The term „pejorative“ is much broader than „defamatory.“ While there are some variations in the parameters of the term „pejorative,“ courts have found that it can mean „anything that distracts or discredits“ or „[t]o is discredited or advanced; to dishonor, to discredit; to reduce credit or appreciation. Perhaps the most significant difference is that many courts have ruled that statements can be pejorative, even if they are true or non-defamatory. In particular, when „denigration“ is used at the same time as „defamation“, it is likely that the courts will realize that the parties intended that the terms would not overlap only in their breadth. Well, for employers who offer severance pay in exchange for an exemption agreement, here are some pitfalls to avoid. There are a few things to keep in mind: What`s the offer on the table and is it worth it for you? What do you earn? Is this part of a layoff agreement where a company pays you to stay silent? It`s up to you to decide if that compensation is worth signing the deal, Cheddie says. On the one hand, if you have been blind to a layoff and need the money to pay your rent and buy food for a few more months until you find a new job, you can choose to sign a non-disparagement clause to get the severance pay offered to you. On the other hand, you might have some savings and be motivated by different factors to transfer the money, so you are free to say what you want. Ultimately, employers should be better served by narrow and neutral confidentiality clauses. Instead of telling the worker that she can`t say „bad things“ about her former employer, a well-worded and neutral confidentiality clause will likely be tastier for the recently fired employee. In addition, non-disparagement clauses, like overly broad confidentiality agreements, can violate recently passed state laws that prohibit employers from including confidentiality rules that prevent workers from publicly discussing sexual harassment and other claims against the employer. An employer could also lose its ability to deduct costs from its federal taxes related to the settlement of sexual harassment rights if the transaction is subject to a „confidentiality agreement,“ which is likely a non-disparaging clause. Generally speaking, these agreements use broad language that encompasses all types of denigration, from IRL tirades to bad speeches that appear written and in between. Granovsky offers some examples of the language an employee might see in a non-disparagement clause (for other examples on his blog): if employers offer termination agreements for employees to „buy peace,“ employers should be wary of the usual pitfalls.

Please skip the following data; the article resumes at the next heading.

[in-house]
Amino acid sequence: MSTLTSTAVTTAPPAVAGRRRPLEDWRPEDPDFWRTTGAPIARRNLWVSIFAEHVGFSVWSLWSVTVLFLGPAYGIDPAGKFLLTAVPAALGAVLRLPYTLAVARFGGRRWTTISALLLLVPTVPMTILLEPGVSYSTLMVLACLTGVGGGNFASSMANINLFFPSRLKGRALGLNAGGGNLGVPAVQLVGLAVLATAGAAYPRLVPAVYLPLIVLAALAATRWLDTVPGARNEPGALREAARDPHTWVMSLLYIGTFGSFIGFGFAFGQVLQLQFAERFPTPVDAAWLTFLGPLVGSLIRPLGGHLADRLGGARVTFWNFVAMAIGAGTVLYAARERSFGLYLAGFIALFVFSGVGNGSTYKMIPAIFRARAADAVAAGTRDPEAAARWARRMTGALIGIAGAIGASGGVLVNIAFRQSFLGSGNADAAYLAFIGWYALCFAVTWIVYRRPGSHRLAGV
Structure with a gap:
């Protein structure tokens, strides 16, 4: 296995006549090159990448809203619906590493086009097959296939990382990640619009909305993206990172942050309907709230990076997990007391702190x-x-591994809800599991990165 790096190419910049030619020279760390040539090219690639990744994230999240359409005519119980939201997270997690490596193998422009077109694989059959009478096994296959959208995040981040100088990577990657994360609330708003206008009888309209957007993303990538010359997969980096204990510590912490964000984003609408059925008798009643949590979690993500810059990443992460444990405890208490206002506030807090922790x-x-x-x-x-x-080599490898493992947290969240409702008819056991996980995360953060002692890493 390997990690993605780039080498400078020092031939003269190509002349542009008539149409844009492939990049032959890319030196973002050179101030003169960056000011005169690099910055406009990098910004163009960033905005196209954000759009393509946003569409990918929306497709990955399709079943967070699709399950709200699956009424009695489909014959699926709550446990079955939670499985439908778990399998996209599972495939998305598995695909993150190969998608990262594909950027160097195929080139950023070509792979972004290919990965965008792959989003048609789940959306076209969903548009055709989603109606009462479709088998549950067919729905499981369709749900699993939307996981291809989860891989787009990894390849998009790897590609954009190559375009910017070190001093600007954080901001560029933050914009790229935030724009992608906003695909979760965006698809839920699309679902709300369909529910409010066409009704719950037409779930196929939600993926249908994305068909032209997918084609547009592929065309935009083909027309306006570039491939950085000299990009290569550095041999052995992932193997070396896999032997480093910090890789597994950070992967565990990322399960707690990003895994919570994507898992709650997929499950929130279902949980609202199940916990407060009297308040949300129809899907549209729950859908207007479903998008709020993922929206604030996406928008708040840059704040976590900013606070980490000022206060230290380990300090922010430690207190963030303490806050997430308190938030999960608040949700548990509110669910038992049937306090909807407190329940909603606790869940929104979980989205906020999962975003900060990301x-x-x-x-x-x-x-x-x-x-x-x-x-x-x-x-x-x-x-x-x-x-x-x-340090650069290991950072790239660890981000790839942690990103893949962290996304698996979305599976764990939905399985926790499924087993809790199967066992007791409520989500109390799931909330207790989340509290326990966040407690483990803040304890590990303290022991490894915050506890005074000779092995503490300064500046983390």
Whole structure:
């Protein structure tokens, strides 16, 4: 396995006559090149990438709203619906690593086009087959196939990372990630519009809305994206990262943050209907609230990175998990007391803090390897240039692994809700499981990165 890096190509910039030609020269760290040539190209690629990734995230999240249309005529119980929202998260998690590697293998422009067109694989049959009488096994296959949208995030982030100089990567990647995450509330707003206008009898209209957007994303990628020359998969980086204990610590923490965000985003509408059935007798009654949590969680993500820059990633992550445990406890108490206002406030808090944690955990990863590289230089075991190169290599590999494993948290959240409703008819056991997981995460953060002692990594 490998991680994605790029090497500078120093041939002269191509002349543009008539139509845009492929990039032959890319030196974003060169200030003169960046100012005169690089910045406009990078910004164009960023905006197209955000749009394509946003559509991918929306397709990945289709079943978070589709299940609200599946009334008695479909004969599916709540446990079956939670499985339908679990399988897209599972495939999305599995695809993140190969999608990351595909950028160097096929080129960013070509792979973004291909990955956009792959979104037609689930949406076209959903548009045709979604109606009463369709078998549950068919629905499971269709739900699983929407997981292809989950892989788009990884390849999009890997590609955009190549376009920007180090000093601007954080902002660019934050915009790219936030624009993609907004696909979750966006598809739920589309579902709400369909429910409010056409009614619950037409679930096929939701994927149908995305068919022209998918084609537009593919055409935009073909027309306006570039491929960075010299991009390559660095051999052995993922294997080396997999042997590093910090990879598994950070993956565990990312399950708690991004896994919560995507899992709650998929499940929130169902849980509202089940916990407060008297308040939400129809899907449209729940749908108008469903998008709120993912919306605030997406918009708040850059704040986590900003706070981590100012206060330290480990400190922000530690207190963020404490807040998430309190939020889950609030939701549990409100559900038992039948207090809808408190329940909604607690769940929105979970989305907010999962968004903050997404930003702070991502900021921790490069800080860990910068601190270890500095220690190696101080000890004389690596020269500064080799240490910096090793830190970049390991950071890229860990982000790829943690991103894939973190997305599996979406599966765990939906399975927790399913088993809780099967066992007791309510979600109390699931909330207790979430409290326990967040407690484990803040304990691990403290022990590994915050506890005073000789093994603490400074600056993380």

As more and more employers prepare their own release agreements based on an earlier model, we have seen that some problems „stumble“ employers. But before we talk about the six pitfalls, first the rhetorical question. Unfortunately, some declassification agreements also recklessly use the same defined term („the company“) for „exempt parties“: z.B is suspended. whether or not your employer will enforce their non-disparagement agreements, your company and what the denigration entails. . . .